• Required capabilities (partnerships) — agencies and brokerages are appointed by carriers. This process is often challenging, particularly for start-ups, who are non-traditional applicants. Expect the appointment process to take a while if the carrier isn’t familiar with your acquisition strategy or business model. Start-ups trying to accelerate the appointment process can start in smaller product markets (e.g. non-standard auto) or seek appointment as a sub-producer. Sub-producers leverage the existing appointments of an independent agency or wholesaler in exchange for sharing commissions. You could also apply for membership in an agency network or cluster — a group of agents/brokers forming a joint venture or association to create collective volume and buying power in insurance distribution.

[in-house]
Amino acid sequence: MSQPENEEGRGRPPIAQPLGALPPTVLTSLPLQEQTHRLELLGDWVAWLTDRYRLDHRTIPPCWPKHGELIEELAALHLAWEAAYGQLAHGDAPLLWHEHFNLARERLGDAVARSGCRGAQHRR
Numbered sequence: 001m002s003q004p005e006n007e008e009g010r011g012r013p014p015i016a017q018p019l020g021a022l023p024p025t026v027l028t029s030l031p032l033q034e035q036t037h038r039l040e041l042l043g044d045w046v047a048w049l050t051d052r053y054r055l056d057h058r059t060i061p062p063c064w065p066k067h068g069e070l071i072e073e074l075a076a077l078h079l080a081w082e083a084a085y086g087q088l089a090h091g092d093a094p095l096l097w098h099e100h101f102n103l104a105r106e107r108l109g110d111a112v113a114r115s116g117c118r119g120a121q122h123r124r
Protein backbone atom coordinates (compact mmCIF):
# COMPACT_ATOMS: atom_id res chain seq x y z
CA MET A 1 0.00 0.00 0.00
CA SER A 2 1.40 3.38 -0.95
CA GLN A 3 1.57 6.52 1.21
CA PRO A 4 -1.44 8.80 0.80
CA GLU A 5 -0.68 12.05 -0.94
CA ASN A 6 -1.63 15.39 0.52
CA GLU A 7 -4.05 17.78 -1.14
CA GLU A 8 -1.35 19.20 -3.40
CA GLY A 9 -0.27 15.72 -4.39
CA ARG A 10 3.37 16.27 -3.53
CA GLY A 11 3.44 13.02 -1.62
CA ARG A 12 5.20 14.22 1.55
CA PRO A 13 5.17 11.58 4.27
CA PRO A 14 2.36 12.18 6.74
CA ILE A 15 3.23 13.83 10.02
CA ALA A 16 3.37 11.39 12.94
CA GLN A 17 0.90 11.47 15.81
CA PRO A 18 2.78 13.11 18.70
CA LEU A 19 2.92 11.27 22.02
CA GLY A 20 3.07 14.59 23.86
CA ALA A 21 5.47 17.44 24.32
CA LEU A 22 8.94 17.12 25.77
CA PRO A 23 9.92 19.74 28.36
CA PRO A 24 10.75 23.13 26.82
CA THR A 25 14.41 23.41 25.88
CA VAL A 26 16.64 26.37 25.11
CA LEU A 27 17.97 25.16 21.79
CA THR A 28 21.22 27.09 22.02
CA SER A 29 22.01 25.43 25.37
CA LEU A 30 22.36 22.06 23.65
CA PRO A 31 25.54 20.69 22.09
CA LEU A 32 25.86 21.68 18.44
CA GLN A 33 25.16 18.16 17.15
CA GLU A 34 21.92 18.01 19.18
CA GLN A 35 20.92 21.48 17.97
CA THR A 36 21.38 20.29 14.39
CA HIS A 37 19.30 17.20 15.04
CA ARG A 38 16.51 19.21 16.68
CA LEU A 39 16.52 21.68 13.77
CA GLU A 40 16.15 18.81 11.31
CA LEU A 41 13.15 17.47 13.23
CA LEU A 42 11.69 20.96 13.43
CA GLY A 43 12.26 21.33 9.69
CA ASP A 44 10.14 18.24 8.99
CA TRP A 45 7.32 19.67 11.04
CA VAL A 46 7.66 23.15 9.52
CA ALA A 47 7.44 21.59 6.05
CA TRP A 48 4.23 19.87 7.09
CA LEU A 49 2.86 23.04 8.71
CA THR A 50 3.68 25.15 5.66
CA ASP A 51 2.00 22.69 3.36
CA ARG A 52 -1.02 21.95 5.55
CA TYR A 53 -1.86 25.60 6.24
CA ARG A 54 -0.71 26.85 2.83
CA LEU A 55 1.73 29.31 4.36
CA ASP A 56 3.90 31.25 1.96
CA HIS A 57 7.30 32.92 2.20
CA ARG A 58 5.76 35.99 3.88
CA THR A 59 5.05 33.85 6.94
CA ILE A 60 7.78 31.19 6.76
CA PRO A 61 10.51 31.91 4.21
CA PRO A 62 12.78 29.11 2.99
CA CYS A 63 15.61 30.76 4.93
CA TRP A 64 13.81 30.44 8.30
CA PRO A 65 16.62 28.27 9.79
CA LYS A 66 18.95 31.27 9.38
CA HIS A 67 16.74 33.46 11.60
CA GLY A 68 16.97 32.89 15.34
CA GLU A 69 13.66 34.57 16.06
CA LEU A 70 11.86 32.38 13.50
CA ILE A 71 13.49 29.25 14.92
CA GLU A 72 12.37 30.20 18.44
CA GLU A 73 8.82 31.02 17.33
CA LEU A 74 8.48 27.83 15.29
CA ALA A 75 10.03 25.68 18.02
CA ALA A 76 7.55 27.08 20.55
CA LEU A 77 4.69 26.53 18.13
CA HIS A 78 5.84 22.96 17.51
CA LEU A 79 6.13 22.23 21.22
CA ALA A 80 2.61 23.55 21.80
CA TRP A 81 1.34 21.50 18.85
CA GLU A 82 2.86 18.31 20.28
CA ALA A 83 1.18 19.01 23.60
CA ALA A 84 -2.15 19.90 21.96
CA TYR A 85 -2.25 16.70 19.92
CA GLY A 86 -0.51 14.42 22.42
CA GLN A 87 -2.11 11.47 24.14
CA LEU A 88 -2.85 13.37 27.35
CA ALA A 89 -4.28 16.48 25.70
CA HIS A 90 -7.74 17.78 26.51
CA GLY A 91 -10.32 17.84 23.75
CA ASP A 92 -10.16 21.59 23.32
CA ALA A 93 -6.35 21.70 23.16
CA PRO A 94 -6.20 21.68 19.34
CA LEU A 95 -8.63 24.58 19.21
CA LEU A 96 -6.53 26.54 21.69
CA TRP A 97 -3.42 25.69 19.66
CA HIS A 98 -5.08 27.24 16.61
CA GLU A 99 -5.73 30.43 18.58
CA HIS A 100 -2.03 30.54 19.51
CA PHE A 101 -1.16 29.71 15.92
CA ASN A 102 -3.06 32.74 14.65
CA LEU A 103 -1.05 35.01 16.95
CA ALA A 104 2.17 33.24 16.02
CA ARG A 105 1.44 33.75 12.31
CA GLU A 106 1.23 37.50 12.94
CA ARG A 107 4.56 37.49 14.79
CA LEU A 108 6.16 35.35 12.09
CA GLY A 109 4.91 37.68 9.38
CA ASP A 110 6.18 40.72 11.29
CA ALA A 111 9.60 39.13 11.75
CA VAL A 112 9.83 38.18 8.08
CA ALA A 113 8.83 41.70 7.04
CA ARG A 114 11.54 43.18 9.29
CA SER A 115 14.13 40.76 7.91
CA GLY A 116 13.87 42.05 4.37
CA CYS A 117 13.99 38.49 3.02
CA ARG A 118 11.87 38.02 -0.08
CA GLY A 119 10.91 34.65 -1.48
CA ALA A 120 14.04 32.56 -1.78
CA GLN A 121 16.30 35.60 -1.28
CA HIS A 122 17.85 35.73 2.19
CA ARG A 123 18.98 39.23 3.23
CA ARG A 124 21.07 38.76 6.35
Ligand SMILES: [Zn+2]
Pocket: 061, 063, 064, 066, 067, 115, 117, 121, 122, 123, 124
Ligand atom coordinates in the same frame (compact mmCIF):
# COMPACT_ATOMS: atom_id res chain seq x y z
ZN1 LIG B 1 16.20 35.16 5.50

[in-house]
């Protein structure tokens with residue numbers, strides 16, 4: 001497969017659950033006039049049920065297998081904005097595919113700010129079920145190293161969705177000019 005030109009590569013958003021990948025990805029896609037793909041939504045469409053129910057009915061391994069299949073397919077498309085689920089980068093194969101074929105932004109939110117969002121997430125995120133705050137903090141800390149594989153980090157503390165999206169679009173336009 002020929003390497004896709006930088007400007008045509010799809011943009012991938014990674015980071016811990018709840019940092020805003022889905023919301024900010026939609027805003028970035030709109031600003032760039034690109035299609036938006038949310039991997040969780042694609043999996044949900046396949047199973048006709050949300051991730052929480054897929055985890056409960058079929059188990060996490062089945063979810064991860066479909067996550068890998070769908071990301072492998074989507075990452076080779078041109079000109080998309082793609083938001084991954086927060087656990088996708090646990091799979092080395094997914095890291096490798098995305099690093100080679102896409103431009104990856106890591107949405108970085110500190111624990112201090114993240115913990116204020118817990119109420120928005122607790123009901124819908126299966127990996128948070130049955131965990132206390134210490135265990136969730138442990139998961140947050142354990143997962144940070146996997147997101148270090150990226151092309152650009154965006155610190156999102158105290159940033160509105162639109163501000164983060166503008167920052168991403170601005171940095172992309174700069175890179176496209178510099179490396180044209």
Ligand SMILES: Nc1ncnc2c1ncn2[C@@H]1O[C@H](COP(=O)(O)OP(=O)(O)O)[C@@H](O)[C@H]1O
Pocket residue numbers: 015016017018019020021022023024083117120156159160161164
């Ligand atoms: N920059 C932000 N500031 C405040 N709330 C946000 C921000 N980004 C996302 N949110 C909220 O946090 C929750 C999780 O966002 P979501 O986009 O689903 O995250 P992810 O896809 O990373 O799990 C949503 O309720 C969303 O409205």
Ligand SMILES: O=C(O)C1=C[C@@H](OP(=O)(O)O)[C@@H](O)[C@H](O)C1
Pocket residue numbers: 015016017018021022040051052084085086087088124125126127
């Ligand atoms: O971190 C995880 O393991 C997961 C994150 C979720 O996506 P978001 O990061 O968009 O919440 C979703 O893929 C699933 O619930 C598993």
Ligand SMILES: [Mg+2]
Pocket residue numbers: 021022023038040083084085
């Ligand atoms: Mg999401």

• Regulation — agencies and carriers need a license to sell insurance. Each state in the U.S. has its own licensing requirements, but most involve some coursework, an exam, and an application. As we’ve recently seen with Zenefits, most states have a minimum number of study hours required. There are typically separate licenses for property, casualty, life, and health insurance. Once licensed, many states have a streamlined non-resident licensing process, allowing agencies to scale more quickly.